Publisher description for Corporations as criminals / edited by Ellen Hochstedler.


Bibliographic record and links to related information available from the Library of Congress catalog


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Can a corporation commit a crime? If so, who in the organization is to be held responsible and how does a criminal justice system, designed to process individual criminals, cope with the criminal corporation?

This book explores both the theoretical and practical problems of bringing criminal sanctions against corporate offenders through the courts and regulatory agencies. The underlying issues in public policy debates and academic literature on non-traditional crime are examined: the search for a definitive criminological label to apply to the offender and to describe the nature of the offence; the ambivalence of public sentiment; the practical immunity from criminal prosecution enjoyed by corporations; the social costs of the symbolic message that corporations are beyond the reach of criminal law; and the theoretical and practical feasibility of holding the corporate entity criminally responsible for its conduct.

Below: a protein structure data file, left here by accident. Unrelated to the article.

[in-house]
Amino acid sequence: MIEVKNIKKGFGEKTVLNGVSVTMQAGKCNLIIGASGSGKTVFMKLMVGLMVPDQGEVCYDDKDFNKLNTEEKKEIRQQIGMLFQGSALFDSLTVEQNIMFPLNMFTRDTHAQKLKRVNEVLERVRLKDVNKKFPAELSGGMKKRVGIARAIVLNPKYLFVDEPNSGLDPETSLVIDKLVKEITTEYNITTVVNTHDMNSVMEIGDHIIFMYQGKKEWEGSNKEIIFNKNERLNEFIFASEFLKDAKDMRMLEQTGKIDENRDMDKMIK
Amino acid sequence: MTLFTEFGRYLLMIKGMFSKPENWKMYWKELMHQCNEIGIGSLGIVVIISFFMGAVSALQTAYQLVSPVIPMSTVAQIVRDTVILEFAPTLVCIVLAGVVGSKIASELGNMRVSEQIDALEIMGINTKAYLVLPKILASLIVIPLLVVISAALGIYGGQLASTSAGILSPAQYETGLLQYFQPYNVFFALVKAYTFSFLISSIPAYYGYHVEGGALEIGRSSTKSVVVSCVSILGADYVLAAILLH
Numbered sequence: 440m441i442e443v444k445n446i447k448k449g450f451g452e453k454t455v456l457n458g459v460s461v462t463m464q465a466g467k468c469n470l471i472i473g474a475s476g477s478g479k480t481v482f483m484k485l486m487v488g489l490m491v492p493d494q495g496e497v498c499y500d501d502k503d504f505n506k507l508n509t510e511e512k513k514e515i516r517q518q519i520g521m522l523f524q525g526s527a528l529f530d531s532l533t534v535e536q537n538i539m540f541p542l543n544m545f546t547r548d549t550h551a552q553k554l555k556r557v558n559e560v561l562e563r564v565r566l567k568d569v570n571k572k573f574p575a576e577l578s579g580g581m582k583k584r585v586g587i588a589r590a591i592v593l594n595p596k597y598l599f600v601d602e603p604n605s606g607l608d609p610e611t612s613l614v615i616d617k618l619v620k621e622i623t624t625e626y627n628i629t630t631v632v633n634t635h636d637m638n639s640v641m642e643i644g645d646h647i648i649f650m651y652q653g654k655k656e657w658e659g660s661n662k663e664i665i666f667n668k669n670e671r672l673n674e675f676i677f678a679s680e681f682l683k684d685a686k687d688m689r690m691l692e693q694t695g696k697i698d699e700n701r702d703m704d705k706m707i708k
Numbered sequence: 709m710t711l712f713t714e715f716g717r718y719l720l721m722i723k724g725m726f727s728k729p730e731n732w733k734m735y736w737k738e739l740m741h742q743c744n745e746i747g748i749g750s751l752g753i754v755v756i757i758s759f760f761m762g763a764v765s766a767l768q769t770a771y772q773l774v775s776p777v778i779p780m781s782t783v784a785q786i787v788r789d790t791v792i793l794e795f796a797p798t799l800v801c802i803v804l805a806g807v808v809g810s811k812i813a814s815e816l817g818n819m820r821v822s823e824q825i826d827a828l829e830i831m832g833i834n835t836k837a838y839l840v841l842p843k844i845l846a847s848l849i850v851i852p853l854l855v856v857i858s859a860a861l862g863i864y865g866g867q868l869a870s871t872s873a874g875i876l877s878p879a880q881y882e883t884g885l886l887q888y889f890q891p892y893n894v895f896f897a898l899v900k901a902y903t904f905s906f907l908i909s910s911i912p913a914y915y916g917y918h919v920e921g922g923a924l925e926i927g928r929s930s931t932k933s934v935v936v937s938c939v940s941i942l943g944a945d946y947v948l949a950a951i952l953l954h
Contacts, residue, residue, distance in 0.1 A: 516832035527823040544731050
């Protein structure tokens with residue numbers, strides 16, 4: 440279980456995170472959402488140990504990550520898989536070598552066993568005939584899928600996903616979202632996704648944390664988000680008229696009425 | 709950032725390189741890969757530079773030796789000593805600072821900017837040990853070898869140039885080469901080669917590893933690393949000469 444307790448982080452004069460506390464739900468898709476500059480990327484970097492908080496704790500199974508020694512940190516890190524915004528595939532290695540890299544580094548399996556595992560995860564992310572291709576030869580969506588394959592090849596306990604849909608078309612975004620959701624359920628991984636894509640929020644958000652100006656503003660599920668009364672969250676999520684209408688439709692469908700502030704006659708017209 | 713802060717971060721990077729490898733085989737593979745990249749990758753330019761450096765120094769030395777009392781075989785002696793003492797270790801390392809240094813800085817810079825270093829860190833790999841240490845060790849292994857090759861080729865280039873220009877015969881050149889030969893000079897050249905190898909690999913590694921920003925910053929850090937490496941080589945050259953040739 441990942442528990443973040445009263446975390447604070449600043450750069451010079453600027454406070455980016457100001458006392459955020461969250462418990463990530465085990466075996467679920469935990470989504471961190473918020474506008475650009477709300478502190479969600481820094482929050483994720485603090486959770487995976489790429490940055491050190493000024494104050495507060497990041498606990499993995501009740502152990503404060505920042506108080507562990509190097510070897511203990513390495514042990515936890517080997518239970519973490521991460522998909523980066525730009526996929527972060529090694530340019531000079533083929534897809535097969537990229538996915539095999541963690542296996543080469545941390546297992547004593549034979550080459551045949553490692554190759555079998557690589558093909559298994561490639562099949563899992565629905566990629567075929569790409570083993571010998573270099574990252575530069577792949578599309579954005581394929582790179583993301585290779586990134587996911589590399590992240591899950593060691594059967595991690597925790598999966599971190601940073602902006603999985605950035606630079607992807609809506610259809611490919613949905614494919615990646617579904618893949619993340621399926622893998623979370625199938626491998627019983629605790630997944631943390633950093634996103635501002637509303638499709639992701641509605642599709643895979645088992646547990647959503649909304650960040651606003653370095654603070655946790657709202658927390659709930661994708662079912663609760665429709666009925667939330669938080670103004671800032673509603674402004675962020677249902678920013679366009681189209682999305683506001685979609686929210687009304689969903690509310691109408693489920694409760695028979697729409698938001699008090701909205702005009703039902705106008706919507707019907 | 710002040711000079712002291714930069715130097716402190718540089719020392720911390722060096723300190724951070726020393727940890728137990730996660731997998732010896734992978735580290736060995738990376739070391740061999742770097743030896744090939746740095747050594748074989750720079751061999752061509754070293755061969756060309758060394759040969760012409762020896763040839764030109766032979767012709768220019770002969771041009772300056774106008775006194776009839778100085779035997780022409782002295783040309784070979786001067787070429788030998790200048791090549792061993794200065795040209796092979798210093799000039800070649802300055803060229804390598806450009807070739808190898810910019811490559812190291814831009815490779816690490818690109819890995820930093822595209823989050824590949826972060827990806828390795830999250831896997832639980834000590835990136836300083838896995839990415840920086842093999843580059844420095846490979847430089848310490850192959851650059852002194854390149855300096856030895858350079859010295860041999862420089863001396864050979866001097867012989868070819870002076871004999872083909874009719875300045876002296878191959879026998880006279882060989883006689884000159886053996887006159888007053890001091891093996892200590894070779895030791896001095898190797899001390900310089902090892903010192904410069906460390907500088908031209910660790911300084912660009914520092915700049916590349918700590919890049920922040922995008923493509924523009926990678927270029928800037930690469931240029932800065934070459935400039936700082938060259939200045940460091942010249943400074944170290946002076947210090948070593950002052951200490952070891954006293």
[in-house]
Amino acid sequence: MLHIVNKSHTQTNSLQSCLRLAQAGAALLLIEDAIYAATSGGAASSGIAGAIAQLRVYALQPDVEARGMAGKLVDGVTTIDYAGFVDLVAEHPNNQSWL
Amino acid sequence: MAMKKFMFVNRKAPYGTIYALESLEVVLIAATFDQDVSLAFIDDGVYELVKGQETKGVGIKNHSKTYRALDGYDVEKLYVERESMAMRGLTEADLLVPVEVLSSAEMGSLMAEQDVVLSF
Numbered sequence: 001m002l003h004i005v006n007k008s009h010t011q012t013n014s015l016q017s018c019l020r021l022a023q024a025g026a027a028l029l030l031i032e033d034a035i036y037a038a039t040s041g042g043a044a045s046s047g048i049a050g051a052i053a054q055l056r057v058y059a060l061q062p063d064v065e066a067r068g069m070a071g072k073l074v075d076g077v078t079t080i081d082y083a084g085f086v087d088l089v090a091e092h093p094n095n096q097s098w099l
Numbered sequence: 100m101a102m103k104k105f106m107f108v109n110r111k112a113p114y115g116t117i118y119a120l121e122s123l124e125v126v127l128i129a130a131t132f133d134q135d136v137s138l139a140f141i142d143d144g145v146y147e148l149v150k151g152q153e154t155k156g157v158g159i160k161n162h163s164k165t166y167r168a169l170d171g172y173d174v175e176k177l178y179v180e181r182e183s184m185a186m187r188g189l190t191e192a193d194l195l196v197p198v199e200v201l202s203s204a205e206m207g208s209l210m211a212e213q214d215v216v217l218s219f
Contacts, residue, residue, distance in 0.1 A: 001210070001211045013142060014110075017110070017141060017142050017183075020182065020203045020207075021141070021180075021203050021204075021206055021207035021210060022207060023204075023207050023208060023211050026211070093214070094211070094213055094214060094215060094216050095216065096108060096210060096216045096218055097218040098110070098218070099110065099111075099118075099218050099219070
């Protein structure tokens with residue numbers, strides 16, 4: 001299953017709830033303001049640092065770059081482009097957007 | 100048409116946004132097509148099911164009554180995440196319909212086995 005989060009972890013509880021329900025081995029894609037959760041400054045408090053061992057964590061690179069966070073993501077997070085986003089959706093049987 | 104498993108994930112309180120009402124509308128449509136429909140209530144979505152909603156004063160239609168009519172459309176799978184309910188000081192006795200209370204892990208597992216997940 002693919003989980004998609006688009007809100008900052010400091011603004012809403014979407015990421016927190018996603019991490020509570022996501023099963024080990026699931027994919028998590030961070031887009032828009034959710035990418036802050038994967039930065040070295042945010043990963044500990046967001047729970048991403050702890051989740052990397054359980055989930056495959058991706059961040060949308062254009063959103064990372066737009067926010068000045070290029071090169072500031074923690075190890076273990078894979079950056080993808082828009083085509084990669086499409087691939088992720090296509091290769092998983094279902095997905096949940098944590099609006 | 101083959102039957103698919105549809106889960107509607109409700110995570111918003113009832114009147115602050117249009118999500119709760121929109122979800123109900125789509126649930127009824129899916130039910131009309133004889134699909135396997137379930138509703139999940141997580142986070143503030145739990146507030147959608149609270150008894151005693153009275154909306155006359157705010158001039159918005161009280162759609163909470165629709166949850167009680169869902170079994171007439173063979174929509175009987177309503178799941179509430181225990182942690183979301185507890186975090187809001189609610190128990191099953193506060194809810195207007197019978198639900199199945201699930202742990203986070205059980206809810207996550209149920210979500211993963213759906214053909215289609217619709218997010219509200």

This book reflects the continuing effort by both those in academia and those in government to grapple with the ideological and practical problems presented by the addition of this relative newcomer, corporate crime, to the list of traditional and more familiar 'street' crimes. This book offers some of the latest legal, historical and sociological research on the subject of sanctioning corporate wrongs.


Library of Congress subject headings for this publication:
Criminal liability of juristic persons -- United States.
Corporation law -- United States -- Criminal provisions.